We drove to Bloubergstrand beach, where we sunbathed and saw a distant view of Table Mountain. It seemed that wherever we went, we always managed to spot it!


In the late afternoon, we went back to Camps Bay along the promenade and visited a little cafe to have some drinks. Originally I was going to choose a cocktail, but I saw that the wonderful Dom Pedro drink was on the menu! So you’d never guess what we all went for…

We enjoyed the hussle and bussle of the promenade bars, and as soon as the sun vanished from the horizon, we went home to get ready for our evening meal at…of course, Hussar!


Captured the sunset along Camps Bay



Bloubergstrand Beach




Day 5
– Steep hills, Wilderness luxury Tree House, Stood on the Southernmost tip of Africa, and SPIDERS…

Today was the day we said goodbye to our first apartment in Camps Bay, and set off to the Garden Route of of Wilderness. This was where we were going to stay in what we called a giant, luxury treehouse! This is where we were going to stay for three nights.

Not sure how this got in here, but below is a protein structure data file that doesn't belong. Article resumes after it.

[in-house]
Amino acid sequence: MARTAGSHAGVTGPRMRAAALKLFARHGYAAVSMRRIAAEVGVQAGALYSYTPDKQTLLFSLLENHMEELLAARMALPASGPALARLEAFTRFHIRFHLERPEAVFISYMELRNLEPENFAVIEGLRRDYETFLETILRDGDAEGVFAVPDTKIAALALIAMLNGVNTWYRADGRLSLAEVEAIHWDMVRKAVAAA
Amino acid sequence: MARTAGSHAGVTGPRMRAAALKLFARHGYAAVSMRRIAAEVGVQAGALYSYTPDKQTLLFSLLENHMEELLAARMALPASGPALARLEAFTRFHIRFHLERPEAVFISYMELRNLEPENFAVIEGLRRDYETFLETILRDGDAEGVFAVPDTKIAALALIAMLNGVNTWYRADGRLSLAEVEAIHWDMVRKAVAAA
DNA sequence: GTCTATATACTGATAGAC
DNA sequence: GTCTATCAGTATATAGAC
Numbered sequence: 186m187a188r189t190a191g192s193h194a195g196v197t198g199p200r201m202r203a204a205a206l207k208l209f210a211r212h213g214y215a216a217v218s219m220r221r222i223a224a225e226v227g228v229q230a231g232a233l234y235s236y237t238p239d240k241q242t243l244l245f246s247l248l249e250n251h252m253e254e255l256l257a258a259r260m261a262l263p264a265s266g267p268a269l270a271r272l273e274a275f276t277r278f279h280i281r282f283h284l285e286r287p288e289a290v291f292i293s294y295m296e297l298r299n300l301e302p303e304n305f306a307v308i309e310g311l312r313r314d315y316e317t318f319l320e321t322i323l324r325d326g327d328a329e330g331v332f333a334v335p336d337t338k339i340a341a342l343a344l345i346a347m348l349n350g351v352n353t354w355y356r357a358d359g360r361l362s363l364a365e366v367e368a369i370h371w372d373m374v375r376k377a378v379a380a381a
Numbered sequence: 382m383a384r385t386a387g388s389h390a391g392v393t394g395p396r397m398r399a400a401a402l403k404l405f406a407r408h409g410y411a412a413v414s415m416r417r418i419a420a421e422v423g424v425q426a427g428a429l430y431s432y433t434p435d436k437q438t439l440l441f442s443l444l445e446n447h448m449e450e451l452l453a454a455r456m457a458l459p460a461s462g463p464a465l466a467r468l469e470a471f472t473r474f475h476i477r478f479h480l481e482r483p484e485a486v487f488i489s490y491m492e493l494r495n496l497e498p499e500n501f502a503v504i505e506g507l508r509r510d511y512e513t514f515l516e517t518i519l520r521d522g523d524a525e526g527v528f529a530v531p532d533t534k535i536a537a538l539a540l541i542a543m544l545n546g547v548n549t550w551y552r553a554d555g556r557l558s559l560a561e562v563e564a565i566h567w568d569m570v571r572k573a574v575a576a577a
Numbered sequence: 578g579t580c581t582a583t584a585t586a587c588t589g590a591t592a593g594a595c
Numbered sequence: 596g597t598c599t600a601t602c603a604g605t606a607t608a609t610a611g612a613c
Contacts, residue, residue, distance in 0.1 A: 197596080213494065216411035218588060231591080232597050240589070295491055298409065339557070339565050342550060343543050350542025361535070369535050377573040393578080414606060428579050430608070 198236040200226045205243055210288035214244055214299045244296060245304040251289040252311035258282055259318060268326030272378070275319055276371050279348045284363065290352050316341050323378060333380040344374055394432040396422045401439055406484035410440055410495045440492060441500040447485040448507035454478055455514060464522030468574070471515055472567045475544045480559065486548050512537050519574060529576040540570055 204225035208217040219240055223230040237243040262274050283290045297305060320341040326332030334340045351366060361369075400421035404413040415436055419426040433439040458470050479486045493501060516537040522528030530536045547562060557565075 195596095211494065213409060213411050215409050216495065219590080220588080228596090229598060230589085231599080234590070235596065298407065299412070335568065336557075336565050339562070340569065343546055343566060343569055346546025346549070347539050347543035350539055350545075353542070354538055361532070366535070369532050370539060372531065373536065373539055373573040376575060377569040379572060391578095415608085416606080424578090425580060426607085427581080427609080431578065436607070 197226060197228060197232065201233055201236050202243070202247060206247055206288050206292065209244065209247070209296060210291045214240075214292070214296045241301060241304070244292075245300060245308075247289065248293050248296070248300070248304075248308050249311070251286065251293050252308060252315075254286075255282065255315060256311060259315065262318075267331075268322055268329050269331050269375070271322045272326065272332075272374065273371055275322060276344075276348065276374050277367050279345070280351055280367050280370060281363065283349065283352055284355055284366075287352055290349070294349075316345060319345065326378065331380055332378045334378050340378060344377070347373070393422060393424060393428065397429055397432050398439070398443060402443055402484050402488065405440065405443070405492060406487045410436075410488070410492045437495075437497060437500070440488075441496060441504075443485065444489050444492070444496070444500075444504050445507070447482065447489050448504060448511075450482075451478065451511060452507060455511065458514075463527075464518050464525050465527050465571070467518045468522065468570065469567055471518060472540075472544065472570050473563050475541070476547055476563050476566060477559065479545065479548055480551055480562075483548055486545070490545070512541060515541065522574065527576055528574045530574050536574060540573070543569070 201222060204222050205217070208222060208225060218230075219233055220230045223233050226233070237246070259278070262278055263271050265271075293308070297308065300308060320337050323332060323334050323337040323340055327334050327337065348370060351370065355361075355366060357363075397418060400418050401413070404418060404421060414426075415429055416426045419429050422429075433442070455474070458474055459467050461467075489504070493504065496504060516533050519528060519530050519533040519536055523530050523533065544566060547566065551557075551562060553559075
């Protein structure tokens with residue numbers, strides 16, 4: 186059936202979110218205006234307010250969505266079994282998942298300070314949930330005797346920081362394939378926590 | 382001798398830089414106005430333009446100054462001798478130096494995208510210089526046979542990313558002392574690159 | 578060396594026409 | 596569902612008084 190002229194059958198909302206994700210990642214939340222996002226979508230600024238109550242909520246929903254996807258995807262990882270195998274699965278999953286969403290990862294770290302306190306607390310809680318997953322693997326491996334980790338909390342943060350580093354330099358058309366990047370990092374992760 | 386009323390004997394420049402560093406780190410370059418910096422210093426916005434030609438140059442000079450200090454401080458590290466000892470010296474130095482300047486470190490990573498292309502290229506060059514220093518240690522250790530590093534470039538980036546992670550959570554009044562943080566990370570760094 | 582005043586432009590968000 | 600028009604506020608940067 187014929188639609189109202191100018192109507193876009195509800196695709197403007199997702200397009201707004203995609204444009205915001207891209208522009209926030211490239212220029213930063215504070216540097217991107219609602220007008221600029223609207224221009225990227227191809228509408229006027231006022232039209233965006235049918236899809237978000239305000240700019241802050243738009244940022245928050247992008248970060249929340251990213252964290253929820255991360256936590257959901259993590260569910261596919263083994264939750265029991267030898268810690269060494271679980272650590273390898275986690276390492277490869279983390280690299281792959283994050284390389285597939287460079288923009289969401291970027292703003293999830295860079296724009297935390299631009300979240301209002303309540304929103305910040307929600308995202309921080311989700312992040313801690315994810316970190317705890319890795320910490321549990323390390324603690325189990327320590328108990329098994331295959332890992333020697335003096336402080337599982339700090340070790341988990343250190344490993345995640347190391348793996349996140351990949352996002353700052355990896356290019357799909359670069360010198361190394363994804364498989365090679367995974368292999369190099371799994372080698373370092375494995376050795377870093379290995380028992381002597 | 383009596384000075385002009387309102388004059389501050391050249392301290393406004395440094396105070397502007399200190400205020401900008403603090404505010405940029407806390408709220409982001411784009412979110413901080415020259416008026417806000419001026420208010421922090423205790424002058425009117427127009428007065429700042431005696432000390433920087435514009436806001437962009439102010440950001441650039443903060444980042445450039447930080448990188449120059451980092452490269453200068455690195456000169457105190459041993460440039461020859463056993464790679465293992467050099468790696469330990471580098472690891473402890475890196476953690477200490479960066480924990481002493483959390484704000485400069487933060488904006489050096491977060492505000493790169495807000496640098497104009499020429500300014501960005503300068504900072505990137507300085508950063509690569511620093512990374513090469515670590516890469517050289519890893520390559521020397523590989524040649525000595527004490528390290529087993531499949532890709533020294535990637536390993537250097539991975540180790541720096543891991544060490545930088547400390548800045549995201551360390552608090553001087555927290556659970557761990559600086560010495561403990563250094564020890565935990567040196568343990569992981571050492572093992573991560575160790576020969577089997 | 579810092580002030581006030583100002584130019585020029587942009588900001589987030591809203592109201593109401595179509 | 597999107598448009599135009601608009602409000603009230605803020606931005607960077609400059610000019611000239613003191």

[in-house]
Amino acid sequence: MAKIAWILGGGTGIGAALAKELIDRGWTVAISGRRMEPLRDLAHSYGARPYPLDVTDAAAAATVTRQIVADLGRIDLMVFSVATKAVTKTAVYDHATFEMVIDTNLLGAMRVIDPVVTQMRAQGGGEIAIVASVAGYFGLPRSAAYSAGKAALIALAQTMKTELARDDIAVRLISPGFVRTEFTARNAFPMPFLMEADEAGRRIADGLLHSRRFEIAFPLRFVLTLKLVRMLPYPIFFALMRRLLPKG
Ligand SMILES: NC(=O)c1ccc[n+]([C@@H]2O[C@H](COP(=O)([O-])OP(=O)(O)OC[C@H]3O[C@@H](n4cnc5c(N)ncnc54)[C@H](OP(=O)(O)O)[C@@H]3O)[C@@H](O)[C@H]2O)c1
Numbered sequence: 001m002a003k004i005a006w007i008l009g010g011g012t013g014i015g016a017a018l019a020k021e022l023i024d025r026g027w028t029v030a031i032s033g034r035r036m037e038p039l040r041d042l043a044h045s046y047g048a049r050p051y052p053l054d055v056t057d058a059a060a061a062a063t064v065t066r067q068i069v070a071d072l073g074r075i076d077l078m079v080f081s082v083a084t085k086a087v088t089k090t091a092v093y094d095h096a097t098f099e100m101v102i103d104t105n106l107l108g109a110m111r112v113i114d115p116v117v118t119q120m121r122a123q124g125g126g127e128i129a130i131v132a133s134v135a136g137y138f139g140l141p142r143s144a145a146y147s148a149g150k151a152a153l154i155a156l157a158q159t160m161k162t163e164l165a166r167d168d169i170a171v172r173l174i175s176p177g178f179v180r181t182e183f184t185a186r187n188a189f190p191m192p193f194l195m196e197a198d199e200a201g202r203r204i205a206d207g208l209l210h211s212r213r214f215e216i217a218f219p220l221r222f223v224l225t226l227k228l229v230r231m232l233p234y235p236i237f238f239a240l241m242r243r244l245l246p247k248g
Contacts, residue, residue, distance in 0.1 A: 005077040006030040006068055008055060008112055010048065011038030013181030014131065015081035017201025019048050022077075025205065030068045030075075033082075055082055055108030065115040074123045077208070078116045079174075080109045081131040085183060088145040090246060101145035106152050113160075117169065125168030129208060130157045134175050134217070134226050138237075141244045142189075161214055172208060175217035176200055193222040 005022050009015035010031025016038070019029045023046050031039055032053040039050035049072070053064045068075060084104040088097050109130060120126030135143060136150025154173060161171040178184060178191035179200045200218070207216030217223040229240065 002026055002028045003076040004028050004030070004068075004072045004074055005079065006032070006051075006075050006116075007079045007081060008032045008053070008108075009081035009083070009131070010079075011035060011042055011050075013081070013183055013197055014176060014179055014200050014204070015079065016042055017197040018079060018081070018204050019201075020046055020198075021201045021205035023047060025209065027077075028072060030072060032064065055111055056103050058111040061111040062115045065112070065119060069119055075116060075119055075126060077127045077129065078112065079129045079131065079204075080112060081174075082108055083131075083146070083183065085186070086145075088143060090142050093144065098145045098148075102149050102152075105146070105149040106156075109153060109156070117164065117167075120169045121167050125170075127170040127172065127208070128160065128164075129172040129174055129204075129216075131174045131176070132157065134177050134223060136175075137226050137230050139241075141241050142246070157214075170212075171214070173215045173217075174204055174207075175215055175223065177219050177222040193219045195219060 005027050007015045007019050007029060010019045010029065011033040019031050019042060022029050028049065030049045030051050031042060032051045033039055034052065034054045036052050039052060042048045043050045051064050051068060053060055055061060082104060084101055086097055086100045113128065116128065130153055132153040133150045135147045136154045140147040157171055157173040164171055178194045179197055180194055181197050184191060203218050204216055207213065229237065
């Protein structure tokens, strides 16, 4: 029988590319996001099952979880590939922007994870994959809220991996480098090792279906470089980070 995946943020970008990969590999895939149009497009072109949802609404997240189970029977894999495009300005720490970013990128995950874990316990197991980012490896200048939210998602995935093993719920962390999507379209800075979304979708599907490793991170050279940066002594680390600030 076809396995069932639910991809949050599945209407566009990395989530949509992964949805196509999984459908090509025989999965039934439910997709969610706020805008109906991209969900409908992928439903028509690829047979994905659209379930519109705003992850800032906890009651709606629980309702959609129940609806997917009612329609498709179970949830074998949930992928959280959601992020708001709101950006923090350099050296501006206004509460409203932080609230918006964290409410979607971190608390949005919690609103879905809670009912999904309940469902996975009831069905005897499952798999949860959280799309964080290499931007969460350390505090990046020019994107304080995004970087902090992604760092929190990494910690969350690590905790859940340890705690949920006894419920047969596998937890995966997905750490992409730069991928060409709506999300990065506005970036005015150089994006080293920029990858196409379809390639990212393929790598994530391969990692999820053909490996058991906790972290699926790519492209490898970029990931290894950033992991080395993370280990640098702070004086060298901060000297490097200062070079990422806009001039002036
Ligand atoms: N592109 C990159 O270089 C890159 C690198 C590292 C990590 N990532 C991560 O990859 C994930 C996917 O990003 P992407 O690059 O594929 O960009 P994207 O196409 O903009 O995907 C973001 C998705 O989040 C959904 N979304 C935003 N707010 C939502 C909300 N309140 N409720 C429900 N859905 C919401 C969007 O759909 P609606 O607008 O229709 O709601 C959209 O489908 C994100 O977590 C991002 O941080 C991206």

There’s one thing that scared me whilst travelling here, was the incredibly uphill roads we had to drive along to get to the house! I had to close my eyes a few times because of how vertical I felt! I was certain we were going to fall backwards! I soon got used to it after a few trips down to the town and back again.


There’s me chilling in the corner looking at an art book filled with Nelson Mandela


What a beautiful, Boho style house! This spacious and HUGE apartment was filled with natural pinewood and tribal african decor, which gave the place an uplifting scent. The colours and designs were bold and creative, some even home-made. I was truly inspired by this house, and the welcoming owners who designed the whole thing lived just next door!

We had a walk around and the most amazing thing we saw was the open wet room for a bathroom, including a large bath overlooking the whole scenery of the mountains and the coast.


We were having fun settling in and exploring, apart from the fact I had to stay in the same room as my sister because of a HUGE African rain spider occupying the other room on the ceiling! It was just staring at me like “THIS IS MY HOME! WHO THE HELL ARE YOU?” My Dad soon got rid of it after throwing a few things at it. We didn’t kill it because I’m not that mean! However, I still didn’t stay in that room…just incase it had a partner waiting to plot my death.

We had no internet, no signal, and no TV. This was the furthest we could go when it comes to being off-grid. I liked it, as it was an escape from social media and preventing the constant need to check my phone all the time.


We took a drive to Cape Agulhas, which is the Southermost tip of Africa. This is also the place where the Atlantic and Indian ocean meet. It felt like you were at the end of the world, if it was square…